Saturday December 14, 2019
Home World Israeli occup...

Israeli occupation of Palestine: Retracing the organized subversion of human rights

0
//

3819112_370

By Gaurav Sharma

What began as an extensive persecution of Jews in the Middle Ages in the form raging anti-semitism has now transformed into a morbid crackdown on Palestinians.

Palestine represents the world’s largest refugee population, most of whom are poor, powerless, and homeless. Unemployment is rampant, with a record 67 percent of the youth population without a job to provide for their basic needs. Homes lie in shambles, bombed by the incessant flow of missiles fired from Israel-occupied regions in the West Bank.

To aggravate the situation, most of the promised $3.5 billion foreign aid does not reach the target audience (almost three-fourth of the amount is diverted to the Palestinian Authority, a puppet regime in West Bank).

Jewish uprising

The crisis which has snowballed into flagrant human rights abuses by the Israeli regime traces it roots to the resurgence of Zionism in the early 20th Century, in line with the long-standing demands of a ‘return to Zion.’

Zionism began as Jewish nationalist movement under the vision of Theodor Herzl, an Austrian-Jewish journalist who galvanized the brewing jingoism into a mass movement in 1896.

By organizing meetings and penning down vocal essays, Herzl was able to magnetize Jews living in Europe to what now stands as Israel / Palestine. To escape the jaws of European persecution, the Jews heeded Herzl’s clarion calls for a national homeland and migrated to what was then an Arab and Muslim dominated territory under the control of the Ottoman empire (which was later transferred to the British).

Through a heady mix of anti-semitism and religious nationalism, the Jewish population in Israel/Palestine sharply escalated between 1896 and 1948. The Arabs saw the mass immigration of Jews as a European colonial movement and a war soon ensued.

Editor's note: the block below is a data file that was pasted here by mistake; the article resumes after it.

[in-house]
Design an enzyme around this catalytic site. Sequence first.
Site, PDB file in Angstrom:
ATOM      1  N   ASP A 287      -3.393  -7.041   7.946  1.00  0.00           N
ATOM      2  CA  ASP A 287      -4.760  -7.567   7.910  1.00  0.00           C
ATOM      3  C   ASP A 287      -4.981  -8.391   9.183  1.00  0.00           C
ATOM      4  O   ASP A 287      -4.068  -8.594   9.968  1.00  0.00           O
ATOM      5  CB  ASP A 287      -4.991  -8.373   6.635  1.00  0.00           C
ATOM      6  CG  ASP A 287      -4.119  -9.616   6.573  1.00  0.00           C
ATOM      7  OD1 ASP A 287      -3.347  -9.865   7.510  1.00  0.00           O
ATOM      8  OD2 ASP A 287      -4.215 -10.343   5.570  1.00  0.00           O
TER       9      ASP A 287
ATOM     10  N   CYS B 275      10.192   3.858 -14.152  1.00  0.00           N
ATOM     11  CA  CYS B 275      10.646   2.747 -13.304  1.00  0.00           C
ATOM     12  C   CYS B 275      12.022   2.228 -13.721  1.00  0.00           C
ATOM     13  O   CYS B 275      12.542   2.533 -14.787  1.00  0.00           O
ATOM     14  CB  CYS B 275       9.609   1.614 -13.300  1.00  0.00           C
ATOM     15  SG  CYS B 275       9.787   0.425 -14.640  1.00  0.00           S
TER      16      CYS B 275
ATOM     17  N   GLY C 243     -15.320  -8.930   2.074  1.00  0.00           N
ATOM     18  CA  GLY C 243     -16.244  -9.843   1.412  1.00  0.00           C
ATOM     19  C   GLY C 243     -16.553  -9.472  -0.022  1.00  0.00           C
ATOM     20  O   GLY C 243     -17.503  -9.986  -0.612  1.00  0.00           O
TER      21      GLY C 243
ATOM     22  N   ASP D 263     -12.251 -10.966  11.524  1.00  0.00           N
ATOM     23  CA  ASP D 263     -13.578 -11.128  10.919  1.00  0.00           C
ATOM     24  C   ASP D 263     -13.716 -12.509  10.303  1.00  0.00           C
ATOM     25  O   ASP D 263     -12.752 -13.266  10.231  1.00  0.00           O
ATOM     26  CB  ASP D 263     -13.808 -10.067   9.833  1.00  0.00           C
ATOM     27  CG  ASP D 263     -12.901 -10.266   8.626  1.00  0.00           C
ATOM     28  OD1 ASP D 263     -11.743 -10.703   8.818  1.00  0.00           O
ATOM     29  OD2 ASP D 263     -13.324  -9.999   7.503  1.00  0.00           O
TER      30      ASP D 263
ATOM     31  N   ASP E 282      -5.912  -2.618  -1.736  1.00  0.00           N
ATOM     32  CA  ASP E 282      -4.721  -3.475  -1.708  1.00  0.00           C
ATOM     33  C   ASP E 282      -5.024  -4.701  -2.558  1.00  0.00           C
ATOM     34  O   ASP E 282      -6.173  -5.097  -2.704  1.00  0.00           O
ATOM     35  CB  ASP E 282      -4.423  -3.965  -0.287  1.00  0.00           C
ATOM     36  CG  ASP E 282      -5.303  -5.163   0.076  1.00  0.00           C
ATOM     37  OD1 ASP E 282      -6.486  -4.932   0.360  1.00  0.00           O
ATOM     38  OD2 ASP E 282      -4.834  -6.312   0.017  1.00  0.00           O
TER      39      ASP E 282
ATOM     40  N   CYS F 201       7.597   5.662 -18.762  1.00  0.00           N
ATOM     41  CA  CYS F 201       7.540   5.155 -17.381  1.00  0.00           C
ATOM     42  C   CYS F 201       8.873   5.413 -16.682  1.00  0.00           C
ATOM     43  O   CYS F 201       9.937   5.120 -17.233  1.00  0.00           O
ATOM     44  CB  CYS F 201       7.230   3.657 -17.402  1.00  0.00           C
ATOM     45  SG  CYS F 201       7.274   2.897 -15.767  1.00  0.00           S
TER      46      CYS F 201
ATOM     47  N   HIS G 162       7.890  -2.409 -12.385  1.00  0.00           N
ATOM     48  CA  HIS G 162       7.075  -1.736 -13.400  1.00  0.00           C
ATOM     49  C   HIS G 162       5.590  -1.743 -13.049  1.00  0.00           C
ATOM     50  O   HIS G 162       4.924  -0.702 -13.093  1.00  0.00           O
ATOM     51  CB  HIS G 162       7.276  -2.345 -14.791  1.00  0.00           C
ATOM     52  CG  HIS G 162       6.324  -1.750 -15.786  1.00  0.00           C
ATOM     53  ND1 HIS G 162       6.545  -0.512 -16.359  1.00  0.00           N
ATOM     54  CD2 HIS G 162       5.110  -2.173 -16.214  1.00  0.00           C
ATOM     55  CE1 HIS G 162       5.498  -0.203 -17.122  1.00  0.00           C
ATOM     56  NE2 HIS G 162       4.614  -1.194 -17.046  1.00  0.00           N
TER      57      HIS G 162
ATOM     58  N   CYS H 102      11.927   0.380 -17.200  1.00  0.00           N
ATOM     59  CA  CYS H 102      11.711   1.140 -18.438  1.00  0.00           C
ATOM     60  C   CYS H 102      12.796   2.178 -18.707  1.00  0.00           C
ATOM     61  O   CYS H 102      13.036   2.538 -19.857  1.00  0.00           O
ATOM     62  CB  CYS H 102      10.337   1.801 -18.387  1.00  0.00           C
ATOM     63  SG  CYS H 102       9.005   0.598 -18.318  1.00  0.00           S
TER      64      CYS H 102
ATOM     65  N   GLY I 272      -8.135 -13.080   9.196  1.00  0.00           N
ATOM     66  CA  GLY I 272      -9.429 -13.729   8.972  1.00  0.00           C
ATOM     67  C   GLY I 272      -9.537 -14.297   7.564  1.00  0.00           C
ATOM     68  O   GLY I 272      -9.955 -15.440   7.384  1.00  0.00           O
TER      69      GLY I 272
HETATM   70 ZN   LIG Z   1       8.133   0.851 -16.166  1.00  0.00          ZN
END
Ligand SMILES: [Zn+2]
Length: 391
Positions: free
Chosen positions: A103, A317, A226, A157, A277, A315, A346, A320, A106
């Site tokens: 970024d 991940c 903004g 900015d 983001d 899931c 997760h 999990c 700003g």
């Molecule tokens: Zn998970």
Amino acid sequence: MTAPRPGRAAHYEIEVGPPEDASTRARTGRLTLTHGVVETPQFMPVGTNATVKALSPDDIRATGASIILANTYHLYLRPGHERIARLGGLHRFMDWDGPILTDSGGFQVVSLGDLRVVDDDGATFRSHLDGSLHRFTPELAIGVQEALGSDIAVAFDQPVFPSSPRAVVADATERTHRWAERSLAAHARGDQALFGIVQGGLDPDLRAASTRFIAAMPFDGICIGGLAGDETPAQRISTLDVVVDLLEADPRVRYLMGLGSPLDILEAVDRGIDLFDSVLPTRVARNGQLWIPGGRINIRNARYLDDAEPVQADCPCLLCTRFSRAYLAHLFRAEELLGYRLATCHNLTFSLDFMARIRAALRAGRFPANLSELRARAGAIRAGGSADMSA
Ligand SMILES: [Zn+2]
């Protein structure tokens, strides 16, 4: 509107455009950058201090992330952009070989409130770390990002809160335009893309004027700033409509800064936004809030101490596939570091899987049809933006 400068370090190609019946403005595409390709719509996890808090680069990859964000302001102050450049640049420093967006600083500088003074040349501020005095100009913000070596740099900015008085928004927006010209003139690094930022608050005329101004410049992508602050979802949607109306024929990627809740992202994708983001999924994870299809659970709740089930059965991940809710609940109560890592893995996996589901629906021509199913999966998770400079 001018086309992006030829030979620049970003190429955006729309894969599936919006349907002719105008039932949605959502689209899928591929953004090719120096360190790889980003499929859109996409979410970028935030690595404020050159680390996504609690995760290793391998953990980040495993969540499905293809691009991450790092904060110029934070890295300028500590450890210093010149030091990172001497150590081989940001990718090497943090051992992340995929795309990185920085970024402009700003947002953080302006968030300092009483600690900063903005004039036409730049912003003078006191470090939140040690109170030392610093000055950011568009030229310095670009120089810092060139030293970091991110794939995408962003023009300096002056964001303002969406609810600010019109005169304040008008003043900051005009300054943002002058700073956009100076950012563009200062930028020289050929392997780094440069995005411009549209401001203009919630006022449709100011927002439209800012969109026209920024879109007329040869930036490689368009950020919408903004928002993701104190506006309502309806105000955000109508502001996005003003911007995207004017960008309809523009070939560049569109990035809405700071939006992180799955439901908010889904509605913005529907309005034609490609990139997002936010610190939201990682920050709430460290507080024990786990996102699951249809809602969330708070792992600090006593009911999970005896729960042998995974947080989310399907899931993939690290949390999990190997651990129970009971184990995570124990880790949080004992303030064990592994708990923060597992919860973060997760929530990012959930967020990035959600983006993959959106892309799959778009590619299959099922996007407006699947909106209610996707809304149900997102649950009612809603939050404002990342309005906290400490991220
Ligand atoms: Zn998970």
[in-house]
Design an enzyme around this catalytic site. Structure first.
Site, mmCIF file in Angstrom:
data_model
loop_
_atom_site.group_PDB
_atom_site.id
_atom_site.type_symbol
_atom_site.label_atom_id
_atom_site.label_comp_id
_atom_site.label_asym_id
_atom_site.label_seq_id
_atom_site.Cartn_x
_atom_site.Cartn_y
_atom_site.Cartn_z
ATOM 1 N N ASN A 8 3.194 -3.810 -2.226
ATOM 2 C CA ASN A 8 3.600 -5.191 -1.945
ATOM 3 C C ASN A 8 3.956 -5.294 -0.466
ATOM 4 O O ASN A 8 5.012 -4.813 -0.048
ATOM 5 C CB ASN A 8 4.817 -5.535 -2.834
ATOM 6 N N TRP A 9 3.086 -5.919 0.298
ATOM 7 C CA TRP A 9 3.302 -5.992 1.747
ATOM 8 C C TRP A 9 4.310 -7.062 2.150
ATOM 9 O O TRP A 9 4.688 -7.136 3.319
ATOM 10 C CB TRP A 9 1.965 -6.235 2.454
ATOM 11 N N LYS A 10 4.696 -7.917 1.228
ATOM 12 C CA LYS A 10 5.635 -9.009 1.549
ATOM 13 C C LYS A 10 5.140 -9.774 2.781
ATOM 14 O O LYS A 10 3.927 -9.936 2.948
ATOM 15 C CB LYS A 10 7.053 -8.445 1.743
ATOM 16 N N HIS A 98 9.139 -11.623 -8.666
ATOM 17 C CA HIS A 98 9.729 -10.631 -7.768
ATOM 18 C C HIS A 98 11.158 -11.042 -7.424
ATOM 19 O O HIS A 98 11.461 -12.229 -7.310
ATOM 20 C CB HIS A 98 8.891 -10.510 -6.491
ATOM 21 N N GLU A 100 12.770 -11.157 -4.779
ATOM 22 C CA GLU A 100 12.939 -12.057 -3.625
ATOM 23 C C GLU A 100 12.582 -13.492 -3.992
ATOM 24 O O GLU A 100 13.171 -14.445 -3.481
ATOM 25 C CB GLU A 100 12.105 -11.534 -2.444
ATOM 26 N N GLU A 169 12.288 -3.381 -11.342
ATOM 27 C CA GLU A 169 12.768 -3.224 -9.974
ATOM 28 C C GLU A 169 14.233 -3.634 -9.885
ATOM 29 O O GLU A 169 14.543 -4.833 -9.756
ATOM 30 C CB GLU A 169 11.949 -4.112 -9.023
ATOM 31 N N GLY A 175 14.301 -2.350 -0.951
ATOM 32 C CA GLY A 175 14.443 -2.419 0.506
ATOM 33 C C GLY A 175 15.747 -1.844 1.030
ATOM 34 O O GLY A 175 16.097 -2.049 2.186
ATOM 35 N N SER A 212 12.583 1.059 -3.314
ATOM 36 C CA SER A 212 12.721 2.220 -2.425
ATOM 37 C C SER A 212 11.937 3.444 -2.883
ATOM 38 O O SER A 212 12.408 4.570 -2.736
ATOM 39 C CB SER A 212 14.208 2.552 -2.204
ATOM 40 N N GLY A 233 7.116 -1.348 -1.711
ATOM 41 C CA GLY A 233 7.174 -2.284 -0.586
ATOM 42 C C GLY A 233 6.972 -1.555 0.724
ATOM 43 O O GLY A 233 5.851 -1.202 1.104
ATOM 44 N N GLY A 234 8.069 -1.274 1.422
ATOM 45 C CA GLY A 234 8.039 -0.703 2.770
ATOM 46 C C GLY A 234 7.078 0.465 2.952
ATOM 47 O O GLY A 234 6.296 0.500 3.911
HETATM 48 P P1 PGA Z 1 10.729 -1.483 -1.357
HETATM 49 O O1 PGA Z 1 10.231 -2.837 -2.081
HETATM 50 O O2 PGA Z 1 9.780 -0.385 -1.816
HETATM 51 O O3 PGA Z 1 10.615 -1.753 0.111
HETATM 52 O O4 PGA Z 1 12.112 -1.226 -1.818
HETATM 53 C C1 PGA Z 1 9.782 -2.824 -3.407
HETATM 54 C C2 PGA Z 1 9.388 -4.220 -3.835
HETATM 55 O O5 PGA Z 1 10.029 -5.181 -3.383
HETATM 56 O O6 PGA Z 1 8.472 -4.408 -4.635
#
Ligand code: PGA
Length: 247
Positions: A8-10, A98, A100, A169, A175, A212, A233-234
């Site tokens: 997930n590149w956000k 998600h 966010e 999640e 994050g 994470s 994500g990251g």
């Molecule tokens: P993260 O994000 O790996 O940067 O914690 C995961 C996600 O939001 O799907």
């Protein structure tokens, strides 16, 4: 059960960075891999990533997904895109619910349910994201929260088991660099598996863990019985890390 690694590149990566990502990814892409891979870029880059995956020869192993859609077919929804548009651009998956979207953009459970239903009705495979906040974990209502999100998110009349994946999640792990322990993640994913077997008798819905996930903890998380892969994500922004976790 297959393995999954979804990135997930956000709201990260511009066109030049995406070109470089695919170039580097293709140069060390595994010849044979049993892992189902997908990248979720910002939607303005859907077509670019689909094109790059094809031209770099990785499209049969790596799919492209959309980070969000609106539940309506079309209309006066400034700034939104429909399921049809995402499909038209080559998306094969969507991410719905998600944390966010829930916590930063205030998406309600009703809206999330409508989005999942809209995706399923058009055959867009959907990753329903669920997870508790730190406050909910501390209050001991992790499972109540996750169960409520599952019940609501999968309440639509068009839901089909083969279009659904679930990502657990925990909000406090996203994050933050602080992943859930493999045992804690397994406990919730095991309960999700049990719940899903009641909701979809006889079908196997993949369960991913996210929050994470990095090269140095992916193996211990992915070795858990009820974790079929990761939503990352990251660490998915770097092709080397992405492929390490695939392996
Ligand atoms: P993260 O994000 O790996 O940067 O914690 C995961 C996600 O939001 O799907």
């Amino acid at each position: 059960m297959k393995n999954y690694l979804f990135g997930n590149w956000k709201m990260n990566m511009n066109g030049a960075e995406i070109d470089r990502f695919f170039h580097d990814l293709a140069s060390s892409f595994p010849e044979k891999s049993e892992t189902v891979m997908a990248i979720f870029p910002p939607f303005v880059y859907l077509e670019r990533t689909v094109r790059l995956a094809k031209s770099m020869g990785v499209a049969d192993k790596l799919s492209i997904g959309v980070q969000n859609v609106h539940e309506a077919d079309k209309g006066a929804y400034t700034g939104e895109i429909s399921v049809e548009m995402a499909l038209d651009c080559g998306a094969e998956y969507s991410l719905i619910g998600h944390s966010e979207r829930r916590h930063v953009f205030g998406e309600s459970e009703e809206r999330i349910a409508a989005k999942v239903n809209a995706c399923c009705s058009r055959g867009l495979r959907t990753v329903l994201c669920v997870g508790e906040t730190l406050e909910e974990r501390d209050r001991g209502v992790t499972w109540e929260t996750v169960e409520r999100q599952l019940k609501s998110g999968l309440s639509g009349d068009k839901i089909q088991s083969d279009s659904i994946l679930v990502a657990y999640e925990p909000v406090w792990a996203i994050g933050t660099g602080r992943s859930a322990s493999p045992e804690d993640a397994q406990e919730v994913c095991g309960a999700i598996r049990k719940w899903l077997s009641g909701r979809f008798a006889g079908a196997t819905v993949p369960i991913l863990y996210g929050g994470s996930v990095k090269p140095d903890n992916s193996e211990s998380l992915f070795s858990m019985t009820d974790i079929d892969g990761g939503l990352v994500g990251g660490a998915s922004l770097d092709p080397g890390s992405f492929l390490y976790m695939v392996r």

herzl
Theodor Herzl, father of modern political Zionism

Division of state

Unable to stymie the violence, Britain devised a partition policy wherein Palestine would control West Bank and the Gaza strip and the rest of the land would be transferred to Israel.

While the Jewish population accepted the deal, Arabs viewed the agreement as an insidious plan to displace them from their rightful land. Subsequently in 1967, the Arab states of Egypt, Jordan, Syria, and Iraq launched a war against Israel, though not before terming it as an aggressor.

Israel, on its part, asserted that it had launched the attack as a pre-emptive measure. During the Six Day war (as it is popularly known), Israel crushed the Arab powers and assumed control of West Bank and East Jerusalem. More than 77 percent of the land came under the territory of Israel. In the aftermath of the sinister battle, a massive 700,000 Palestinian civilians transfigured into refugees.

To address grievances of the displaced populace, the United Nations Security Council adopted resolution 242, asking Israel to withdraw from ‘the territories’ (French translation) occupied. The US and Israel used instead the English translation of the text to argue that withdrawal from some, and not all the usurped area would suffice.

Meanwhile, to govern the Palestinian population in West Bank and Gaza, Israel organized a military establishment through which civil rights and political liberties such as freedom of speech and expression, press, and association were denied to the Palestinians.

1300
Six Day War: June 5-10, 1967

Intifida and Human rights abuse

Following the subversion and criminalization of Palestinian nationalism, an Intifida (shaking off) movement was mobilized by the Palestinian community. During the mass unrest, Israel arrested people by the dozen. (Israel had the highest per-capita prison population in the world)